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As time passed, you dreamed less of the girls back home and more about the girls in the next port. Pull into port, and head for your old girlfriend’s bar only to have her tell you that you should have written. She has a steady boyfriend off the Cruiser that is in port. She is so sorry and loves you, and she has a cute cousin whom she would love to introduce to you.

After a thirty-year Navy life, twenty-four years afloat in eight WestPac ships and hundreds of port visits, you find it hard to remember names and faces, they just become “All the Girls, I’ve Loved Before.”


Old Navy

Old Navy


Come gather round me lads and I’ll tell you a thing or two,

About the way we ran the Navy in nineteen sixty-two.

When wooden ships and iron men were barely out of sight;

I am going to give you some facts just to set the record right.


We wore the ol’ bell bottoms, with a Dixie cup or flat hat on our head;

And we always hit the sack at night but we never “went to bed.”

Our uniforms were worn ashore, and we were mighty proud;

Never thought of wearing civvies, in fact, they were not allowed.


Now, when a ship puts out to sea, I’ll tell you son, it hurts;

When suddenly you notice that half the crew’s wearing skirts.

And it’s hard for me to imagine, a female Boatswain’s Mate;

Stopping on the Quarterdeck to make sure her stockings are straight.


What happened to the KiYi brush, and the old salt-water bath:

Holystoning decks at night, ’cause you stirred old Bosn’s wrath!

We always had our gedunk stand and lots of pogey bait;

And it always took a hitch or two, just to make a rate.


In your seabag, all your skivvies were neatly stopped and rolled;

The blankets on your sack had better have a three-inch fold.

Your little ditty bag, it is hard to believe, just how much it held;

You wouldn’t go ashore with pants that hadn’t been spiked and belled.


We had scullery maids and succotash and good old S.O.S.;

And when you felt like topping off, you headed for the mess.

Oh, we had our belly robbers, but there weren’t too many gripes;

For the deck apes were never hungry and there were no starving snipes.


Now, you never hear of Davey Jones, Shellbacks or Polliwogs;

And you never splice the mainbrace to receive your daily grog.

Now you never have to dog a watch or stand the main event;

You even tie your lines today; back in my time they were bent.


We were all two-fisted drinkers and no one thought you sinned;

If you staggered back aboard your ship, three sheets to the wind.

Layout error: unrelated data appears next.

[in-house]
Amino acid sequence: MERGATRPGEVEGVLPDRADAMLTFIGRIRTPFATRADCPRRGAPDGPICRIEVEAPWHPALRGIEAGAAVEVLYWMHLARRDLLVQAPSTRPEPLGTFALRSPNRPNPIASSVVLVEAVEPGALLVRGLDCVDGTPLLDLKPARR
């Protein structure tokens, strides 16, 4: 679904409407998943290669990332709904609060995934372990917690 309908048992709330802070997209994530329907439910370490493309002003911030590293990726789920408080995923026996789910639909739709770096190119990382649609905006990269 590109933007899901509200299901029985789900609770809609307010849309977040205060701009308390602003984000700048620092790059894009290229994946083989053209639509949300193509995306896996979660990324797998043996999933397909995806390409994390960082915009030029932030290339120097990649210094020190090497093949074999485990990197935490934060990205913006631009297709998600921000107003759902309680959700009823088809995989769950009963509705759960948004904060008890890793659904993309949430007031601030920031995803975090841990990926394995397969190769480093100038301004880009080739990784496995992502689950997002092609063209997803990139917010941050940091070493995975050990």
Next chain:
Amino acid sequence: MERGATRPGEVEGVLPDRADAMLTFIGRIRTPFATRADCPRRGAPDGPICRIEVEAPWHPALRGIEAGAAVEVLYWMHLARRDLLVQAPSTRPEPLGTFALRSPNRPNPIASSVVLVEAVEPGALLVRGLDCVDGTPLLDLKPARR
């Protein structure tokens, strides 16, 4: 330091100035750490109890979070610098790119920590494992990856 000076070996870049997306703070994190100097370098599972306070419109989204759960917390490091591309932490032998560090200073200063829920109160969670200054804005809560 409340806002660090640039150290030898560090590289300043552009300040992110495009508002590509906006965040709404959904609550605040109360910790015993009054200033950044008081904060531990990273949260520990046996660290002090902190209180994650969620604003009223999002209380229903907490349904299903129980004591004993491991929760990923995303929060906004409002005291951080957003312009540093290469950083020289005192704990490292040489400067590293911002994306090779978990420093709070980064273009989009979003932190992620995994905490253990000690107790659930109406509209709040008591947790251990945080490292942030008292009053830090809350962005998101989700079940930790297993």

And with just a couple hours of sleep you regained your usual luster;

Bright eyed and bushy tailed, you still made morning muster.


Rocks and shoals have long since gone, and now it’s U.C.M.J.;

Back then, the old man handled everything if you should go astray.

Now they steer the ships with dials, and I wouldn’t be surprised;

If some day they sailed the damned things from the beach computerized.


So, when my earthly hitch is over, and the good Lord picks the best,

I’ll walk right up to Him and say, “Sir, I have but one request.”

Let me sail the seas of Heaven in a coat of Navy blue.

Like I did so long ago on earth, way back in sixty two.”


The Way It Was

The Way It Was

By: Garland Davis


This is one from the heart. Not that you probably give a shit or have any reason to, but this is the opinion of an ex-Asia Sailor who paid his dues out on the Pacific Rim riding the old worn out haze gray steel of the Seventh Fleet during a couple of wars.

One was a “cold” war keeping the commie Russians at bay and the other was a “hot” war to keep the commie Vietnamese in the north. It is the ‘two cents worth’ of an old stewburner who was once afforded membership in, what he considers, the finest organization ever assembled…The United States Navy.

I learned respect for a heritage and a tradition established by generations before me all the way back to the British Royal Navy. I came to realize that I am a part of that which is the history of the U.S. Navy.

When I enlisted in the Navy every incoming sailor was given two books. This is Your Navy, by Theodore Roscoe and a Blue Jackets Manual


The former was published by the U.S. Naval Institute to provide each incoming prospective bluejacket a single volume history of the Navy. It was written in the style of a yarn, a salty language adventure. The latter was a rudimentary “how to” course in becoming a sailor.

These two books and mail from home were the only permitted reading while in boot camp. Being a prolific reader, I consumed and then re-read both books a number of times during the eleven weeks I was at RTC San Diego. Somewhere along the way, both were lost. I have a couple of Blue Jackets Manuals, but not the one I was issued. I don’t even know if This is Your Navy is still in print.

The history of the Navy is a legacy that we inherited and is ours to pass, unsullied to future sailors. That is an obligation, a sacred duty to ourselves, our Navy, and our country.

Dress Blues.jpg